Throughout the early years of Saddam's rule, there were journalists who told the truth about his regime while governments -- for financial, trade and economic reasons-- preferred to remain largely silent. Yet those of us who opposed the Anglo-American invasion of Iraq in 2003 were quickly accused of being Saddam's "spokesmen" or, in my case, "supporting the maintenance of Baathist regime"-- this from, of all people, Richard Perle, one of the prime instigators of the whole disastrous war, whose friend Donald Rumsfeld was befriending Saddam in 1983. Two years after Rumsfeld's initial approach to the Iraqi leader -- followed up within months by a meeting with Tariq Aziz -- I was reporting on Saddam's gang-rape and torture in Iraqi prisons. On 31 July 1985, Wahbi al-Qaraghuli, the Iraqi ambassador in London, complained to William Rees-Mogg, the Times editor that:
Robert Fisk's extremely one-sided article ignores the tremendous advances made by Iraq in the fields of social welfare, education, agricultural development, urban improvement and women's suffrage; and he claims without presenting any evidence to support such an accusation, that "Saddam himself imposes a truly terroristic regime on his own people." Especially outrageous is the statement that: "Suspected critics of the regime have been imprisoned at Abu Ghoraib [sic] jail and forced to watch their wives being gang-raped by Saddam's security men. Some prisoners have had to witness their children being tortured in front of them". It is utterly reprehensible that some journalists are quite prepared, without any supporting corroboration, to repeat wild, unfounded allegations about countries such as Iraq...

I picked this quote because it resembles what people always say about Robert Fisk on his coverage. The amateur psychologist in me knows that this is because Robert's reporting causes cognitive dissonance problems to some people.

Anyways, back to read, I just wanted to share this with those who are still reading. This book is fascinating.

Posted on 21 Dec 2005

Porto Alegre

by Miguel de Icaza

We decided to escape the sordid Boston winter and are currently refugees in the southern hemisphere.

Am doing a Linux Desktop/Mono talk on Thursday at 5pm. I have no idea where it is yet though.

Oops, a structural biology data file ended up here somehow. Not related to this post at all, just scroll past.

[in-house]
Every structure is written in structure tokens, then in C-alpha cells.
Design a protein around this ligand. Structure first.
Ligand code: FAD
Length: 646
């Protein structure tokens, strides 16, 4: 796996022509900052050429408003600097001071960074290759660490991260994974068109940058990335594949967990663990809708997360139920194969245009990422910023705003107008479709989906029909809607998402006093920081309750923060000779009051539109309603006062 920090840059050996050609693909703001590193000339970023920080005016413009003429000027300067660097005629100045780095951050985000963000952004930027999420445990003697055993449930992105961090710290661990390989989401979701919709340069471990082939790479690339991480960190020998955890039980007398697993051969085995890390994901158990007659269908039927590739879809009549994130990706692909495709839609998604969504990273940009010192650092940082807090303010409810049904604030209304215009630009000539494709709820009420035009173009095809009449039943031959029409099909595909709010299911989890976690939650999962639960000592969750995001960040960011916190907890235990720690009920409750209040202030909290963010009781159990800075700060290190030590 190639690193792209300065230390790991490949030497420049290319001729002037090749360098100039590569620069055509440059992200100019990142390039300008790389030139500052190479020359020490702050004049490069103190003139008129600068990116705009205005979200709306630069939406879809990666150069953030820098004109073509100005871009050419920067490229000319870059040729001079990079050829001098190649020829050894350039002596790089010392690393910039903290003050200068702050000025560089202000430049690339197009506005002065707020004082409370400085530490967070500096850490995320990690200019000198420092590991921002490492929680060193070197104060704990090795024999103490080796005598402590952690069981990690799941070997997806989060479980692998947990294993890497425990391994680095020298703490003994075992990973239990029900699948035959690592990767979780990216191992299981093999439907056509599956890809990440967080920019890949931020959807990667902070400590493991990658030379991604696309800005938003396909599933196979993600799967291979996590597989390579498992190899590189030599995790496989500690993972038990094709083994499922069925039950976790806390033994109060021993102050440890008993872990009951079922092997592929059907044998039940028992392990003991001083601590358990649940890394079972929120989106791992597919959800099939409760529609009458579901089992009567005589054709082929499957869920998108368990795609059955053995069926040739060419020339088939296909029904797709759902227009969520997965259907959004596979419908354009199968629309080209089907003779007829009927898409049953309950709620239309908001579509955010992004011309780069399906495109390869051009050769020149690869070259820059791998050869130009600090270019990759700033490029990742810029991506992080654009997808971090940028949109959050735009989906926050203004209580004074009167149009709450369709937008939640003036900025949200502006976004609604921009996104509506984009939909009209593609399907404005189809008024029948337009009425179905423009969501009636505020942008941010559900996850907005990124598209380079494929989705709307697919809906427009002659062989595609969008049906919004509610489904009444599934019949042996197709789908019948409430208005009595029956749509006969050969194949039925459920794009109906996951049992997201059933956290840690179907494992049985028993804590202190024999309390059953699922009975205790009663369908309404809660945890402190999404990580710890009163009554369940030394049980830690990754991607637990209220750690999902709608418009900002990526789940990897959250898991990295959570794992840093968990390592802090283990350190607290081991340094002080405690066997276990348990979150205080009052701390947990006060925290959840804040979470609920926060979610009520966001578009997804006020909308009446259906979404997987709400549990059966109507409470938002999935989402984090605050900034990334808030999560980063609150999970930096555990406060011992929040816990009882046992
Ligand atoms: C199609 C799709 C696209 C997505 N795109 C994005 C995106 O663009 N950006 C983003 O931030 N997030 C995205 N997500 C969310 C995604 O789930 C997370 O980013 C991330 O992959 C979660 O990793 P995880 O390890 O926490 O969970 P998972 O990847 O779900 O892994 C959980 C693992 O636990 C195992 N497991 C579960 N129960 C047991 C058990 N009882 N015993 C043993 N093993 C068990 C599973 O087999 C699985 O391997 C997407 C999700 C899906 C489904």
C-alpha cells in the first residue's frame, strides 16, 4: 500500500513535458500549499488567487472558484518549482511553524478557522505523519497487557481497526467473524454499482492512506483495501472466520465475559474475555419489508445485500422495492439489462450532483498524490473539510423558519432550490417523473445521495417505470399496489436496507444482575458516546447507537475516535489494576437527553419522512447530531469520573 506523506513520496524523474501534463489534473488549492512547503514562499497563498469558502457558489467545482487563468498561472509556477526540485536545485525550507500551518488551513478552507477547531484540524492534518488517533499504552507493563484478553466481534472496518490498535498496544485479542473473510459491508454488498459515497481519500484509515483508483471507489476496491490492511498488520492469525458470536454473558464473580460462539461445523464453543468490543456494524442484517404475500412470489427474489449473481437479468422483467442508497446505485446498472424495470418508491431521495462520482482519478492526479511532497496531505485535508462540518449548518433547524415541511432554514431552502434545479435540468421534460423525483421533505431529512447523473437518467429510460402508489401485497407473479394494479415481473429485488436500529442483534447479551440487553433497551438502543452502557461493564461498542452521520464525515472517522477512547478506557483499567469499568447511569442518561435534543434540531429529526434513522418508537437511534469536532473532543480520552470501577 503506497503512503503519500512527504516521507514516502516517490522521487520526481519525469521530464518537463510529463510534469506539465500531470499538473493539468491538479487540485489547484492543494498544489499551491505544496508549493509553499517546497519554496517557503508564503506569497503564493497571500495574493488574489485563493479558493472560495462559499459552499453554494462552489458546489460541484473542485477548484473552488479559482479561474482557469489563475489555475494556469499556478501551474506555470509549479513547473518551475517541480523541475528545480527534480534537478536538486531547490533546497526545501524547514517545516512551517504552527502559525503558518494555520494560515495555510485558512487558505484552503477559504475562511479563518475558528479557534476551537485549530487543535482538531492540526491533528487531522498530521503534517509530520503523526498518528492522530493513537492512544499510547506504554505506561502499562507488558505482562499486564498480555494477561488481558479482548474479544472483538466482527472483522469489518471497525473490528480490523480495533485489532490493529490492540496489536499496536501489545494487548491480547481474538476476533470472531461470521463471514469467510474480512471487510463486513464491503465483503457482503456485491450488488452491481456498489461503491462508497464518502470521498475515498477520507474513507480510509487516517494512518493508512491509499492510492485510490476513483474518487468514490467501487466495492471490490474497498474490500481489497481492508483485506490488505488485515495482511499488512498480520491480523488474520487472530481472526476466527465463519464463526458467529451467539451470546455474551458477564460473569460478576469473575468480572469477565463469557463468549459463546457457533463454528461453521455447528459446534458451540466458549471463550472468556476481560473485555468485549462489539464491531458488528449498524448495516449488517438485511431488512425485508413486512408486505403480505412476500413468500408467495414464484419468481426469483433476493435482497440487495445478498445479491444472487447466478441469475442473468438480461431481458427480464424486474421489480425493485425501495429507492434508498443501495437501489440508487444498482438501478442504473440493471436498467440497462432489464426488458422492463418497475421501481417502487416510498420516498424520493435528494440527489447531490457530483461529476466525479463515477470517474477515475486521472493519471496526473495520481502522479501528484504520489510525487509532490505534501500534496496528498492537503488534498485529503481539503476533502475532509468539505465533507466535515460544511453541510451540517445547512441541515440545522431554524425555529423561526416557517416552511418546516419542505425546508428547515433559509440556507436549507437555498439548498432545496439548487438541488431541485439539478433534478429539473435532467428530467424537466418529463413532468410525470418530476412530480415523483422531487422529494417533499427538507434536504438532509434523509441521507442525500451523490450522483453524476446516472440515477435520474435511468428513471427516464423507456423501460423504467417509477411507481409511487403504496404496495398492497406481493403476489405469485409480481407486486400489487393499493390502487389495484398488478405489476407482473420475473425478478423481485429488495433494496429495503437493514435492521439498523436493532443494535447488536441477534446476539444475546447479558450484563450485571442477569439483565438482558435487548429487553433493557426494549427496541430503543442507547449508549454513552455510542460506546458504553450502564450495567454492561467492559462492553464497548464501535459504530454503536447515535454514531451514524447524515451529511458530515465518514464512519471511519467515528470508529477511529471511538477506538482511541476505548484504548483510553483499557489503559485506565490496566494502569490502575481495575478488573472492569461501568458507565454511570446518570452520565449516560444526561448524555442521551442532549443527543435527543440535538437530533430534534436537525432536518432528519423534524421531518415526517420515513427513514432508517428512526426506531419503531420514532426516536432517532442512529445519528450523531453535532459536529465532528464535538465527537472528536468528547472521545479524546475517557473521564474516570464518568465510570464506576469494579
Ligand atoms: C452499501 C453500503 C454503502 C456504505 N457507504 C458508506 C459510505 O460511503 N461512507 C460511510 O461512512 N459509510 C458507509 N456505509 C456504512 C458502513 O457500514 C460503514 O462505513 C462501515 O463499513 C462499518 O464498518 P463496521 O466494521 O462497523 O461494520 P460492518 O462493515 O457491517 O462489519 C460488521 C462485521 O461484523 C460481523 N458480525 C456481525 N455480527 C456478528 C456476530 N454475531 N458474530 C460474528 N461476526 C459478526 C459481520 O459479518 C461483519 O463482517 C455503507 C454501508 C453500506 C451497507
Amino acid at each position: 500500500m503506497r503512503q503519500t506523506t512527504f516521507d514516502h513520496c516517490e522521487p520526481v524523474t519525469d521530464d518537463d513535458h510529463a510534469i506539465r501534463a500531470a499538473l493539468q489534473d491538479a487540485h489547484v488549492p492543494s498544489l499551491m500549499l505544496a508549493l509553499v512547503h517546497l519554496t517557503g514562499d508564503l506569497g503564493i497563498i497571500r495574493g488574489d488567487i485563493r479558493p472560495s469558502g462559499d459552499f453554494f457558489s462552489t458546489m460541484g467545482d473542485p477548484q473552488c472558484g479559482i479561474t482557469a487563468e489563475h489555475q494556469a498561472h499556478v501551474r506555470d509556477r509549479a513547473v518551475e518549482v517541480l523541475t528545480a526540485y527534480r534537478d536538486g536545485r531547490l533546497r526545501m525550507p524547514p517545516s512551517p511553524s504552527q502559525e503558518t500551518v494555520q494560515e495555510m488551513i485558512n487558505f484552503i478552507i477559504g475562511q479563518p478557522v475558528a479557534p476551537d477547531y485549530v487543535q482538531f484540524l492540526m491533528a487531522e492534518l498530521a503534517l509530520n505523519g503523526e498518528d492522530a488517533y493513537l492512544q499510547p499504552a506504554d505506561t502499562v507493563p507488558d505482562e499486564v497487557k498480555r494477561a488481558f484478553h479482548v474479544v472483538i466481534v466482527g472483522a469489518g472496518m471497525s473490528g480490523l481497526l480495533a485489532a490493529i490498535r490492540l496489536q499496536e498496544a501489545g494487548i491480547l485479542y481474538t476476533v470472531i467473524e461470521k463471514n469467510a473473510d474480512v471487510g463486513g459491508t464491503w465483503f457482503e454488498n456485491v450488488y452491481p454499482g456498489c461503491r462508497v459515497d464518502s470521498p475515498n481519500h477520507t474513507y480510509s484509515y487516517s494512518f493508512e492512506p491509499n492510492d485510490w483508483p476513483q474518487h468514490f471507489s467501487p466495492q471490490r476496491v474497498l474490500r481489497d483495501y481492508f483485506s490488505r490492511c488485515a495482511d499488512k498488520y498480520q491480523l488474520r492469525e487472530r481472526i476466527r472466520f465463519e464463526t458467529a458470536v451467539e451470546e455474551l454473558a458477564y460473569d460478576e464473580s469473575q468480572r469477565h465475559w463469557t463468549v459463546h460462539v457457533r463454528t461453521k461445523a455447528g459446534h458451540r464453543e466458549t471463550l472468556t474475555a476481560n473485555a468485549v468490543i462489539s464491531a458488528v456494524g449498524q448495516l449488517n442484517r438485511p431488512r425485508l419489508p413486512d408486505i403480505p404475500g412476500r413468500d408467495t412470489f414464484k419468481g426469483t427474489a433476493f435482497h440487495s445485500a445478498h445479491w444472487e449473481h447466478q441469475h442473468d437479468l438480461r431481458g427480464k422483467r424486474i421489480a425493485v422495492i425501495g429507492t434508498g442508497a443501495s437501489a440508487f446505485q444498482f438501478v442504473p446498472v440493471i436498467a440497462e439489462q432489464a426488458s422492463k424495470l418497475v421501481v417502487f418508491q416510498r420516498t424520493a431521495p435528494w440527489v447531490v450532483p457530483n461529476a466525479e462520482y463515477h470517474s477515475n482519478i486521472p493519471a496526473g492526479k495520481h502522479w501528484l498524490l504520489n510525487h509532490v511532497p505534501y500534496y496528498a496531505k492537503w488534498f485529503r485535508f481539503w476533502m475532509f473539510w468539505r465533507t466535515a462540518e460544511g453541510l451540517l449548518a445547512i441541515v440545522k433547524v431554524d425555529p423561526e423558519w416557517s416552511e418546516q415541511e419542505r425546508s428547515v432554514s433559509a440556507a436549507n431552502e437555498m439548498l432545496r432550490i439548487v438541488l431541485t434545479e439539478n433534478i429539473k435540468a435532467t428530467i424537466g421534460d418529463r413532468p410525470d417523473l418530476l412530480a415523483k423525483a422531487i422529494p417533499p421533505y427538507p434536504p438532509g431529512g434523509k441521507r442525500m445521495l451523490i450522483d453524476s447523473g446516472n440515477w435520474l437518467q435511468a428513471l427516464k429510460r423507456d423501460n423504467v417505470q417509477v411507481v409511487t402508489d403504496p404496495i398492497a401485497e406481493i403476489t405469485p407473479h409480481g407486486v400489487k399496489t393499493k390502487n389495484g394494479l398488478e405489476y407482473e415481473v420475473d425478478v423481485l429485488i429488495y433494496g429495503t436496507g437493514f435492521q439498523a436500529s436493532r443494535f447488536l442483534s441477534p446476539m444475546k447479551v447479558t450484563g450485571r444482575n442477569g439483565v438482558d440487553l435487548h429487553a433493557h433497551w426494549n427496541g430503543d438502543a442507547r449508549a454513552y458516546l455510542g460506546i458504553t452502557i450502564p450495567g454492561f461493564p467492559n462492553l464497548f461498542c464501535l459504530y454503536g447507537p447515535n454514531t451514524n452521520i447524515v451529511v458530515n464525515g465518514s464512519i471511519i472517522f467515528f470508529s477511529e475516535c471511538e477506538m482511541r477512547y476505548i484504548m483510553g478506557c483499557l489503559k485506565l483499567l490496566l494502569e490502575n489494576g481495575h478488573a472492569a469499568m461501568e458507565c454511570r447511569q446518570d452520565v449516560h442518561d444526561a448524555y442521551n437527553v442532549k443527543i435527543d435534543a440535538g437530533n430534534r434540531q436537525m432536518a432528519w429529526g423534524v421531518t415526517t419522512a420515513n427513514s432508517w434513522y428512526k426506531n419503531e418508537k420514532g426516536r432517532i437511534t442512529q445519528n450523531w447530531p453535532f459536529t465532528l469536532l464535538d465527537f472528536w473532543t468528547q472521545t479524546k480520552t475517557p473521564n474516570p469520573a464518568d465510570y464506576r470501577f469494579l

Posted on 20 Dec 2005

Iraq in Robert Fisk's book

by Miguel de Icaza

Doug pointed me to an online copy of Robert Fisk's chapter on Iraq that I mentioned last night.

The online copy is limited to the 1917 invasion. It is part of the various teasers that the Independent published in advance of the release of Robert's book. I strongly recommend folks to get the book for the rest of the goods.

Posted on 19 Dec 2005

Iraq's Past

by Miguel de Icaza

I bought my copy of Robert Fisk's The Great War for Civilization: The Conquest of the Middle East his latest book on the various conflicts in the middle-east. I will likely talk more about the book in the future as it is packed with gems.

I have been savoring this book for a while, not wanting to read it very quickly, I have paced myself and allowing myself sometime to research some of the stories and compare notes with other texts on the various events he describes.

Anyways, tonight I reached the chapter on the formation of modern Iraq. The stories, the anecdotes and the background information in here justify getting the book, even if you only read this chapter.

Iraq is a hot topic of debate and has been covered non-stop for the last couple of years but the information I found on this chapter is all fresh.

The chapter begins with the liberation of Iraq by the British troops in 1917; the proclamations of "we come here as liberators"; the early mistakes of the British invaders which would lead to an insurgency that they would not be able to control. The similarities with the current invasion are striking, down to 'we can not leave Iraq now, have to finish the job'.

It gets better and better on every page. I won't spoil the rest, but its a great educational read.

Posted on 19 Dec 2005

Christmas Fun

by Miguel de Icaza

This is pretty fun: http://fuckchristmas.org/:

Some background for those not living in the US: for the past few months Fox News has managed a great campaign about how Christmas is under siege. The debate over water coolers across the United States revolves around important matters like what is more appropriate `Happy Holidays' vs `Merry Christmas'. Am not kidding.


Posted on 17 Dec 2005

Mono Debugger

by Miguel de Icaza

Martin has announced a new release of the Mono Debugger.

This is the first time that I have been able to use the debugger for a real application. It still has a few rough edges, but at least its working.

The documentation for the command line interface can be found here.

Posted on 16 Dec 2005